A little guide to the adorable and quaint town of Rye in East Sussex – I’ll be listing the places we ate in, drank in and spent time in. Honestly, it’s not too hard to have an amazing time in Rye as basically every little street you turn to looks like it could be straight out of a postcard. But hopefully this little guide will give you an idea where to start, or at least inspire you travel to this lovely little place if you haven’t thought about it before!
Let’s get started…
Rye Castle (Ypres Tower) – A medieval castle mostly known as Ypres Tower was most likely built as a part of a royal castle around 1230-1250, but unfortunately no one is sure of an exact date. The castle is open throughout the year (excluding Christmas) and admission only costs £4.00 for an adult. We didn’t have a chance to visit but if I ever go to Rye again this is definitely at the top of my list!
The historical Mermaid Street – Mermaid Street is probably the most famous street in Rye and for a good reason – it’s very picturesque! It’s filled with gorgeous old houses with quirky names such as ‘The House Opposite’, ‘The House with Two Front Doors’ and ‘The House with the Seat’ and it’s incredibly easy on the eye. It’s also acknowledged as one of the ‘prettiest streets in Britain’ in this article by The Telegraph.
Rye has quite a few literary connections – most famously it’s known for the E.F. Benson book Mapp and Lucia, which takes place in a fictional town based on Rye, as well as the house of Henry James, where he wrote many of his famous novels (as you can see from the plaque below!).
Locations of Mapp and Lucia – I haven’t personally read this book but according to my research, there’s lots of locations around Rye that are mentioned in the book (even though the town in the book is called ‘Tilling’). There’s also a BBC miniseries based on the book which has been filmed on location in Rye and is definitely on my to-watch list now after visiting the town myself! Here’s a handy little guide to finding all the locations mentioned in the book.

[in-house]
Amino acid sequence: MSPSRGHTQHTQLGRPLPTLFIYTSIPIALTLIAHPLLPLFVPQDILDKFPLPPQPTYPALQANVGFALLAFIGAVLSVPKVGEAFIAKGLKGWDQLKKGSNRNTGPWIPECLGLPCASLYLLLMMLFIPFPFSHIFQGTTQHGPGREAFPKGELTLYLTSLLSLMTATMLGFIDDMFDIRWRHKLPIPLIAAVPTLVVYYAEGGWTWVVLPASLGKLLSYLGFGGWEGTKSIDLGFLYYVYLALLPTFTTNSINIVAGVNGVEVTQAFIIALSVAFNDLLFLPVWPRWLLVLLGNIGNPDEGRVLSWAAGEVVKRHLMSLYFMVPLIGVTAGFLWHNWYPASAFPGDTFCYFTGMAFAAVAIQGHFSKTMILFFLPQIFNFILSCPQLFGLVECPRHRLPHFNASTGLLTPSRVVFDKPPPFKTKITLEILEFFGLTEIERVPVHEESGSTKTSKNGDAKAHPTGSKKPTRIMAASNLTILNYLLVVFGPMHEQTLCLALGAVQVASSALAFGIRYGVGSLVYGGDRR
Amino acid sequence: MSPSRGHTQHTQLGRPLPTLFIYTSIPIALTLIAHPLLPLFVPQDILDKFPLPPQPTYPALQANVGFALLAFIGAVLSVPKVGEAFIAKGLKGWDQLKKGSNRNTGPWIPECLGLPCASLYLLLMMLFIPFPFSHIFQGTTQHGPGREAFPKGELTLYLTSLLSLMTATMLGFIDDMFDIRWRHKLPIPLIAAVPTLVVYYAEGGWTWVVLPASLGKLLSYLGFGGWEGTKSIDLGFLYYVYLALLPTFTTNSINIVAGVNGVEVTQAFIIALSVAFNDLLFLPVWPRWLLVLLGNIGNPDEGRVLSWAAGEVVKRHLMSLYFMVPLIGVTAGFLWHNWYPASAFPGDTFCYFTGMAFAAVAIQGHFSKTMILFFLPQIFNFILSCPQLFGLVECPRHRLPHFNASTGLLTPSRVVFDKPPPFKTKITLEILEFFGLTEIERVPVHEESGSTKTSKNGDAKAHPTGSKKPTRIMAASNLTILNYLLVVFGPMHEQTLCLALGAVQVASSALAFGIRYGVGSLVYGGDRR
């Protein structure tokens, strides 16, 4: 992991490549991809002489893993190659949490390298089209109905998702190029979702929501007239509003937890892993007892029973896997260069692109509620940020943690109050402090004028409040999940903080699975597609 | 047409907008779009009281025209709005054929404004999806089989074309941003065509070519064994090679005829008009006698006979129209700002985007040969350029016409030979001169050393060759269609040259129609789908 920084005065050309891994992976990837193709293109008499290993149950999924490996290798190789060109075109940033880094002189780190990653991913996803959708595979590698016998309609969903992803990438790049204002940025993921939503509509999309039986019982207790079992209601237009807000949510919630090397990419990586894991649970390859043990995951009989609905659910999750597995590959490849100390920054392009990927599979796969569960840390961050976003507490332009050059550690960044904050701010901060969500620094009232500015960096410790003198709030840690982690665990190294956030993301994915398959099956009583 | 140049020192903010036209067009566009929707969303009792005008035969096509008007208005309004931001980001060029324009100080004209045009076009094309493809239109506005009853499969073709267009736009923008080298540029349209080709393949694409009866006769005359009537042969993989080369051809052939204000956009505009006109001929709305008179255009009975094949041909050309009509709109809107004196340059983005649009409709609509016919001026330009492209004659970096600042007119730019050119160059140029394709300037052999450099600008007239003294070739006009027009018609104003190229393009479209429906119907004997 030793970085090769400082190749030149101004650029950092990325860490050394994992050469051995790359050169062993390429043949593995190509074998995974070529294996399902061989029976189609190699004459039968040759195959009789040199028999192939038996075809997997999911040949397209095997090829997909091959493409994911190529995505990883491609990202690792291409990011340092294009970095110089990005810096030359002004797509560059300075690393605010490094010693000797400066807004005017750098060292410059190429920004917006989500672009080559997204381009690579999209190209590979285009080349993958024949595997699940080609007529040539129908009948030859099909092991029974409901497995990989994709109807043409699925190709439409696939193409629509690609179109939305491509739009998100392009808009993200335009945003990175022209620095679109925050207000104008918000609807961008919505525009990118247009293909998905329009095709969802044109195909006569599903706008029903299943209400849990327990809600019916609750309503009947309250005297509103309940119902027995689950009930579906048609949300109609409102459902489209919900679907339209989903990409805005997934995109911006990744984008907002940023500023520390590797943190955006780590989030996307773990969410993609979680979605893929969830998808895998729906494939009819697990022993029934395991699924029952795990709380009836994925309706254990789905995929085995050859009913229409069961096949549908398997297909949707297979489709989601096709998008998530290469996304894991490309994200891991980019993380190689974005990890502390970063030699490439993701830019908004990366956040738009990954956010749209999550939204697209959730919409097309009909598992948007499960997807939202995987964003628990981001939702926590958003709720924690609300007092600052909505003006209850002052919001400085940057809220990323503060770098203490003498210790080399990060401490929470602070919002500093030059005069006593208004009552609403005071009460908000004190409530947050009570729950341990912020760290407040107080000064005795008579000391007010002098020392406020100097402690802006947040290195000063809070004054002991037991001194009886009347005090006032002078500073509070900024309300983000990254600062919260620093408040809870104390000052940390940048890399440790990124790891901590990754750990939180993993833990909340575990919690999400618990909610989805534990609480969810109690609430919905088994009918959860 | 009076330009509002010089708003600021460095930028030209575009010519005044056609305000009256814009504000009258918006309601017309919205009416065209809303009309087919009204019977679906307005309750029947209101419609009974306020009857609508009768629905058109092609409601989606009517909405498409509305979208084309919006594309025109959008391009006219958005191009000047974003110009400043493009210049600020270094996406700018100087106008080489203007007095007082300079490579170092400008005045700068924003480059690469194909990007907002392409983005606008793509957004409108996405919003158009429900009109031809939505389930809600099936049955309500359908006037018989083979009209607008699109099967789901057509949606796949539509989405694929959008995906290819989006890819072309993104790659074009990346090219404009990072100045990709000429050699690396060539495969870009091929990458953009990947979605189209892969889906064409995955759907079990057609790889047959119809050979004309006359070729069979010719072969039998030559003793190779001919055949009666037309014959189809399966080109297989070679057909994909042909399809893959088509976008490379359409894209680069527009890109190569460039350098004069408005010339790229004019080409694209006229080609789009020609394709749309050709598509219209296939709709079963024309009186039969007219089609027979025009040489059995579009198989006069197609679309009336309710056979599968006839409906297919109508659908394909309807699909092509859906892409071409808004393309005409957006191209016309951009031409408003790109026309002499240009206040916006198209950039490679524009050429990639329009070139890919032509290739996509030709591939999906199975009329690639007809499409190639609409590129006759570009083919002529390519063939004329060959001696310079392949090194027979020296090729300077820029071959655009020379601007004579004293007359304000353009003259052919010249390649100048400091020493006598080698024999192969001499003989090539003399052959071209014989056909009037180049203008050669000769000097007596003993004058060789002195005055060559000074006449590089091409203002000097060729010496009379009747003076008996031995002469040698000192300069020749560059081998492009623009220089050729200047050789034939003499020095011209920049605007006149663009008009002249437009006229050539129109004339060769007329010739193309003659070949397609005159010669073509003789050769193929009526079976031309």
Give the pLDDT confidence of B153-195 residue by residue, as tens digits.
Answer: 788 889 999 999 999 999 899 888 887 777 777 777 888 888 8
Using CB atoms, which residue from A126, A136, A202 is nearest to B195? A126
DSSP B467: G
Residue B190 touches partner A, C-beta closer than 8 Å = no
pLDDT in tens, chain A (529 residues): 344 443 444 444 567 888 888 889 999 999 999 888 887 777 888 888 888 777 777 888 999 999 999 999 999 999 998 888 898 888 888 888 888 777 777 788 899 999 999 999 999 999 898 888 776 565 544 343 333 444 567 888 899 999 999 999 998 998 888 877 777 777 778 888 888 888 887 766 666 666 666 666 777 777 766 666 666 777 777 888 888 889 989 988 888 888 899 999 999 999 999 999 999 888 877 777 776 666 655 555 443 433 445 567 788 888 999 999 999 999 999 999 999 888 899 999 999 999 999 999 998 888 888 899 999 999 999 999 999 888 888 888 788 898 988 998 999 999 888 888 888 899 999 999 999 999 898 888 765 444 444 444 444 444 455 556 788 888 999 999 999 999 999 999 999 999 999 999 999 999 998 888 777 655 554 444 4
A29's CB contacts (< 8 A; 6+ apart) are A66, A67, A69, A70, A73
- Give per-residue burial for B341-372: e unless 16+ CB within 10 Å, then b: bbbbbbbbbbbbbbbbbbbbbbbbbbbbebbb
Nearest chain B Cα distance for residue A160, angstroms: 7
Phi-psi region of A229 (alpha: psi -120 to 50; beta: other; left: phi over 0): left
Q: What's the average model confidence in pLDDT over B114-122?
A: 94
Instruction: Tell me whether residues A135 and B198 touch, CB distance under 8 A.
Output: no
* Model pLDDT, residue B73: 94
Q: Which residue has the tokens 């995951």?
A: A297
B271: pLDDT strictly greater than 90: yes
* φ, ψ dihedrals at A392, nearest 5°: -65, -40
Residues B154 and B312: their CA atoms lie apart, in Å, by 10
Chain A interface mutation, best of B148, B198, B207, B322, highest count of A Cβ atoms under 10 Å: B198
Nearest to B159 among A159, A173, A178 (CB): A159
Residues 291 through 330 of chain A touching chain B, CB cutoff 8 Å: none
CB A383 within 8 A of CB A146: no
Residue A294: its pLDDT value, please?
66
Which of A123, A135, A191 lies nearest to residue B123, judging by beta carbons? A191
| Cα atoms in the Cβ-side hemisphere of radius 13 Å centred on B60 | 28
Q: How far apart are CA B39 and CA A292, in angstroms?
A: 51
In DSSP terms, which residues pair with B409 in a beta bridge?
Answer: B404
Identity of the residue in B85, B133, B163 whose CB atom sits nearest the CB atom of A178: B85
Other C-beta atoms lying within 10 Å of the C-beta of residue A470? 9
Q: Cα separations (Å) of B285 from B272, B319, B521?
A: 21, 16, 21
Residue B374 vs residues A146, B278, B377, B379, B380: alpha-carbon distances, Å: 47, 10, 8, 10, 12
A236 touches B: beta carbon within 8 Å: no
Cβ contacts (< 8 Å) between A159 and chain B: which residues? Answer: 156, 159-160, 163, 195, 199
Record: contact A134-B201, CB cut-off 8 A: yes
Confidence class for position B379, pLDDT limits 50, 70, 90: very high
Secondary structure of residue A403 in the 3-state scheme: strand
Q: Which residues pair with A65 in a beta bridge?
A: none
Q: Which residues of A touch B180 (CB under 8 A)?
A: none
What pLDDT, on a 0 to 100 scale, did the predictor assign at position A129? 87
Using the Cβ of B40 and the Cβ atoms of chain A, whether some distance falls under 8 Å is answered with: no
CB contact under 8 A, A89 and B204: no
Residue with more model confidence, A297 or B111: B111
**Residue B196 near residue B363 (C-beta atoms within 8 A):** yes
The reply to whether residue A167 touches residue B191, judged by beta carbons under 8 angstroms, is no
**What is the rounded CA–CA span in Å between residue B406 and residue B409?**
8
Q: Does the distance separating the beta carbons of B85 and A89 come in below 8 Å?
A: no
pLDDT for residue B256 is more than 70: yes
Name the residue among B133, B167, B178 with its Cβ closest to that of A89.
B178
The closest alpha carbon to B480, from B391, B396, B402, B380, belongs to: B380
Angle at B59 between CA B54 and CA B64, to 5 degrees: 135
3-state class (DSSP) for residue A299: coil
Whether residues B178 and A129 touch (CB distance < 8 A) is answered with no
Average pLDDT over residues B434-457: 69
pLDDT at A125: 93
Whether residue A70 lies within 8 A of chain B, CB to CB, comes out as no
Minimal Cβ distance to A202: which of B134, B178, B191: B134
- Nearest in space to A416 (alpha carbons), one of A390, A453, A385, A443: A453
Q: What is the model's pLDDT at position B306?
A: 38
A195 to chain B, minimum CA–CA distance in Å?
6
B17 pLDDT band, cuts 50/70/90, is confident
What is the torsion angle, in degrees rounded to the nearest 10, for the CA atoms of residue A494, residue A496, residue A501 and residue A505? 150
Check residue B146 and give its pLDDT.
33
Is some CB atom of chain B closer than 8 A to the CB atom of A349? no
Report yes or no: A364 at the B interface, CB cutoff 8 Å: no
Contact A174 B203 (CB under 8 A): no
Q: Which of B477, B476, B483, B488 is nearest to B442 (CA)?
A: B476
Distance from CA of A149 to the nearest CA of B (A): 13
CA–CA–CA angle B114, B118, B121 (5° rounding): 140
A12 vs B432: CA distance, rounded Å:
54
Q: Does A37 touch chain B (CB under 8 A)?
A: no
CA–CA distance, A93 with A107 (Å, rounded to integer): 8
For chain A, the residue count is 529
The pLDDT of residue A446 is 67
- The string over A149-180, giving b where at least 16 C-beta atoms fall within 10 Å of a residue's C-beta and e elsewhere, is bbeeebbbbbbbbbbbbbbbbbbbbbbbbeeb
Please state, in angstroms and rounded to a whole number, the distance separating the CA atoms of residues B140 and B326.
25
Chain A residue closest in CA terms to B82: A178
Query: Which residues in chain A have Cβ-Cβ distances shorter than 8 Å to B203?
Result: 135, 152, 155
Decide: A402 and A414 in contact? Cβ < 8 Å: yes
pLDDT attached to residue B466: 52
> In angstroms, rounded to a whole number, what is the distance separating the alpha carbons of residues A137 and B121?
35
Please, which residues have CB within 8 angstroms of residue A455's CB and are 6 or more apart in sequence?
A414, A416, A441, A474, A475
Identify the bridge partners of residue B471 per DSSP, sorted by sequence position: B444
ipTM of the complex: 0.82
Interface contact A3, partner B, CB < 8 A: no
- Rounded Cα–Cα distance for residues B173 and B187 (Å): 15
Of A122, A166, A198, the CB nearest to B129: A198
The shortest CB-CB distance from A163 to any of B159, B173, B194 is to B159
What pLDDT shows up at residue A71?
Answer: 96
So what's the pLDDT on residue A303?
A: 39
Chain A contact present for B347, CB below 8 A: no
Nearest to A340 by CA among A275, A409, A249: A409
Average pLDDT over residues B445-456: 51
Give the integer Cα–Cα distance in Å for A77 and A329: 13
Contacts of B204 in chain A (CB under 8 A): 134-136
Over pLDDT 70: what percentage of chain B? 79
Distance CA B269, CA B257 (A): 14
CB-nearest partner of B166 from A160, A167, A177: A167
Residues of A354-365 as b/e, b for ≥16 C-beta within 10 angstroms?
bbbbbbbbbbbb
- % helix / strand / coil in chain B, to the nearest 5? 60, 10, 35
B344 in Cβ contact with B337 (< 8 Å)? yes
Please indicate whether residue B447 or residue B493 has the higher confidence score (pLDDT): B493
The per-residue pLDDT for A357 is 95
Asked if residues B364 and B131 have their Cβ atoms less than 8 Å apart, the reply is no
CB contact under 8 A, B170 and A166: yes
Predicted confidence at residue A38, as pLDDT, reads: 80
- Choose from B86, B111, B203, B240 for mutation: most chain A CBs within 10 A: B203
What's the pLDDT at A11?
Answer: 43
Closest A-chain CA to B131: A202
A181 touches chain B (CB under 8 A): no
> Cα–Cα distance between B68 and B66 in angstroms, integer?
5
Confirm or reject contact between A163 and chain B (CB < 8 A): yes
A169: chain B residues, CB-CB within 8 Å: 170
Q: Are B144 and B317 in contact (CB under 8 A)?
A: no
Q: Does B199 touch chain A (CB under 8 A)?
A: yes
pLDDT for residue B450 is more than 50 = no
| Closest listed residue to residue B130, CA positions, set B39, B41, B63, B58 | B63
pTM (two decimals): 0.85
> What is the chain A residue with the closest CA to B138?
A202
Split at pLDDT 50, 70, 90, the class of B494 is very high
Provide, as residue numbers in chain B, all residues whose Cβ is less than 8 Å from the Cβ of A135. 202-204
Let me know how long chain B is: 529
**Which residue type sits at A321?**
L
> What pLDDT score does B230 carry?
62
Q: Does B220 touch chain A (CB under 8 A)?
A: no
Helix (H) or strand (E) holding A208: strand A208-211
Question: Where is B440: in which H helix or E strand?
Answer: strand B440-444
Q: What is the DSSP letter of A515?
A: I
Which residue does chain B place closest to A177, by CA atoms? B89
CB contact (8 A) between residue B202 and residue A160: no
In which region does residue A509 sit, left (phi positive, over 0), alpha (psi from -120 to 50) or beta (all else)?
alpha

The Lamb House – If you enjoy history and visiting old buildings from town houses to castles, you’ll love The Lamb House in Rye! Known mainly for being the home of Henry James and the above mentioned E.F. Benson, The Lamb House is a beautiful and well preserved Georgian house with gorgeous rooms and a very pretty garden, as well as lots of information on its former residents.
The Mermaid Inn – I’ve visited a lot of pubs that claim to be the ‘oldest in the UK’ or at least their local area, but I’ve never felt the history as much as I did in the Mermaid Inn in Rye. It truly was like stepping back in time, and I almost felt bad taking photos or using any kind of technology inside – it just didn’t feel right! I felt like I’d been transported back in time. According to the Mermaid Inn’s website, the cellars of the pub date all the way back to 1156 and the main building to 1420 when it was rebuilt. Definitely one not to be missed.
The Ship Inn – Another beautiful pub (there’s plenty of those to go around in Rye!), though not quite so old. This ones treads the line of cosy and modern perfectly, and has a lovely rustic feel to it. The food’s not typical pub grub either (even though there’s nothing wrong with that, either!) – I’d say it’s more gastropub-y, but with an approachable and friendly atmosphere. I’ve written more about the food and drink at The Ship Inn previously so please have a read if you want to lust over yummy food and local drinks.
We didn’t have time to visit other places, but ones I’ve heard recommended or personally liked the look of were Knoops for apparently ‘the best hot chocolate ever’ (so says my boss and the internet seems to agree!), The Ypres Castle Inn for a big and beautiful beer garden just by the castle and The Globe Inn Marsh for a quirky and colourful atmosphere.